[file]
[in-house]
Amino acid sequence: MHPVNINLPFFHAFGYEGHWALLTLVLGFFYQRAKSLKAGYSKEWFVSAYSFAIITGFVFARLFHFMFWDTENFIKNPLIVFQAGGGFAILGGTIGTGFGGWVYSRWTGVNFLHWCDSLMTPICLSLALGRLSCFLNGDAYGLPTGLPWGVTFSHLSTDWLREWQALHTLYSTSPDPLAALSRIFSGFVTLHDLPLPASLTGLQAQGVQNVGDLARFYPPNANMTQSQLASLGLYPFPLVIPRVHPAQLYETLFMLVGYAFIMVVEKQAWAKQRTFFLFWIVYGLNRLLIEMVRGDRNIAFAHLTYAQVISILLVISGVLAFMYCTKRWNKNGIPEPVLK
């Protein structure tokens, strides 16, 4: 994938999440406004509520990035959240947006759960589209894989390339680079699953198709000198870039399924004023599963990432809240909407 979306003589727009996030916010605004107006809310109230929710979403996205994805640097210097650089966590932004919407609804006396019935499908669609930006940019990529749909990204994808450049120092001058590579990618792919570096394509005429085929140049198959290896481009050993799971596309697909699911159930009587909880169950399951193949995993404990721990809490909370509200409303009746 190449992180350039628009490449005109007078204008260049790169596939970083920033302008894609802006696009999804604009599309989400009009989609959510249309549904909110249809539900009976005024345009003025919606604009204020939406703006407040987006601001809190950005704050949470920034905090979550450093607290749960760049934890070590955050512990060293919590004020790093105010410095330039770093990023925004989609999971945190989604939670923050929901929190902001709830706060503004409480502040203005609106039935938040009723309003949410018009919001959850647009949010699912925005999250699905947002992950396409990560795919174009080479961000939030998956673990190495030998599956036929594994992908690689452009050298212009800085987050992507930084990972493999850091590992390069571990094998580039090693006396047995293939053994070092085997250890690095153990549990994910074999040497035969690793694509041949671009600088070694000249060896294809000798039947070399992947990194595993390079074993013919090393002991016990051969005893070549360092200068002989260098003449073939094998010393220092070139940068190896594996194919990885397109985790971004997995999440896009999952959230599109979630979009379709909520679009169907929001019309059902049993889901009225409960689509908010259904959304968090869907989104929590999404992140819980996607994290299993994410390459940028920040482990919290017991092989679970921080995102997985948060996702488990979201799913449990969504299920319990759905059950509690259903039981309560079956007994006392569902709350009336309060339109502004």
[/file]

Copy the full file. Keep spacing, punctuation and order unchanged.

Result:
[in-house]
Amino acid sequence: MHPVNINLPFFHAFGYEGHWALLTLVLGFFYQRAKSLKAGYSKEWFVSAYSFAIITGFVFARLFHFMFWDTENFIKNPLIVFQAGGGFAILGGTIGTGFGGWVYSRWTGVNFLHWCDSLMTPICLSLALGRLSCFLNGDAYGLPTGLPWGVTFSHLSTDWLREWQALHTLYSTSPDPLAALSRIFSGFVTLHDLPLPASLTGLQAQGVQNVGDLARFYPPNANMTQSQLASLGLYPFPLVIPRVHPAQLYETLFMLVGYAFIMVVEKQAWAKQRTFFLFWIVYGLNRLLIEMVRGDRNIAFAHLTYAQVISILLVISGVLAFMYCTKRWNKNGIPEPVLK
């Protein structure tokens, strides 16, 4: 994938999440406004509520990035959240947006759960589209894989390339680079699953198709000198870039399924004023599963990432809240909407 979306003589727009996030916010605004107006809310109230929710979403996205994805640097210097650089966590932004919407609804006396019935499908669609930006940019990529749909990204994808450049120092001058590579990618792919570096394509005429085929140049198959290896481009050993799971596309697909699911159930009587909880169950399951193949995993404990721990809490909370509200409303009746 190449992180350039628009490449005109007078204008260049790169596939970083920033302008894609802006696009999804604009599309989400009009989609959510249309549904909110249809539900009976005024345009003025919606604009204020939406703006407040987006601001809190950005704050949470920034905090979550450093607290749960760049934890070590955050512990060293919590004020790093105010410095330039770093990023925004989609999971945190989604939670923050929901929190902001709830706060503004409480502040203005609106039935938040009723309003949410018009919001959850647009949010699912925005999250699905947002992950396409990560795919174009080479961000939030998956673990190495030998599956036929594994992908690689452009050298212009800085987050992507930084990972493999850091590992390069571990094998580039090693006396047995293939053994070092085997250890690095153990549990994910074999040497035969690793694509041949671009600088070694000249060896294809000798039947070399992947990194595993390079074993013919090393002991016990051969005893070549360092200068002989260098003449073939094998010393220092070139940068190896594996194919990885397109985790971004997995999440896009999952959230599109979630979009379709909520679009169907929001019309059902049993889901009225409960689509908010259904959304968090869907989104929590999404992140819980996607994290299993994410390459940028920040482990919290017991092989679970921080995102997985948060996702488990979201799913449990969504299920319990759905059950509690259903039981309560079956007994006392569902709350009336309060339109502004």